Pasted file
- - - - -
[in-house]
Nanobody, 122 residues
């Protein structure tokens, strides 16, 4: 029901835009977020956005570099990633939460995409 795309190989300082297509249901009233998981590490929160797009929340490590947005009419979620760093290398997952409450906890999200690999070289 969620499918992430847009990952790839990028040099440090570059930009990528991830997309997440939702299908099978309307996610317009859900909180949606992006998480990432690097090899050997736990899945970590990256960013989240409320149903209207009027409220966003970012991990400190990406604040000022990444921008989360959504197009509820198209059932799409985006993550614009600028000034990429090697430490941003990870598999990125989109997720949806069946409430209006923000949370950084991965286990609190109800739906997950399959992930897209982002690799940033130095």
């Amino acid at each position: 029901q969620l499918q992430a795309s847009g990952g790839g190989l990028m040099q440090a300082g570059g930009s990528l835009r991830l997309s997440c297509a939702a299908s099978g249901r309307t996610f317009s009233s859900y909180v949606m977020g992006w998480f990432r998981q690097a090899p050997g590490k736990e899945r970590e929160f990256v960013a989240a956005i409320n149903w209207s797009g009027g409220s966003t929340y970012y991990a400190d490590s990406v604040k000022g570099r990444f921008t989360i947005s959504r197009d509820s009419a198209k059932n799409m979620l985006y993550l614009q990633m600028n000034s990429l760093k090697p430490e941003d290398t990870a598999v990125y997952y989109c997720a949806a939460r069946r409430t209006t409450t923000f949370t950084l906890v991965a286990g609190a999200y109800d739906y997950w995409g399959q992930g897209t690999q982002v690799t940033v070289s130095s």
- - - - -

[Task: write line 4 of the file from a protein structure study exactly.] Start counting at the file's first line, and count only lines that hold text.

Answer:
């Amino acid at each position: 029901q969620l499918q992430a795309s847009g990952g790839g190989l990028m040099q440090a300082g570059g930009s990528l835009r991830l997309s997440c297509a939702a299908s099978g249901r309307t996610f317009s009233s859900y909180v949606m977020g992006w998480f990432r998981q690097a090899p050997g590490k736990e899945r970590e929160f990256v960013a989240a956005i409320n149903w209207s797009g009027g409220s966003t929340y970012y991990a400190d490590s990406v604040k000022g570099r990444f921008t989360i947005s959504r197009d509820s009419a198209k059932n799409m979620l985006y993550l614009q990633m600028n000034s990429l760093k090697p430490e941003d290398t990870a598999v990125y997952y989109c997720a949806a939460r069946r409430t209006t409450t923000f949370t950084l906890v991965a286990g609190a999200y109800d739906y997950w995409g399959q992930g897209t690999q982002v690799t940033v070289s130095s």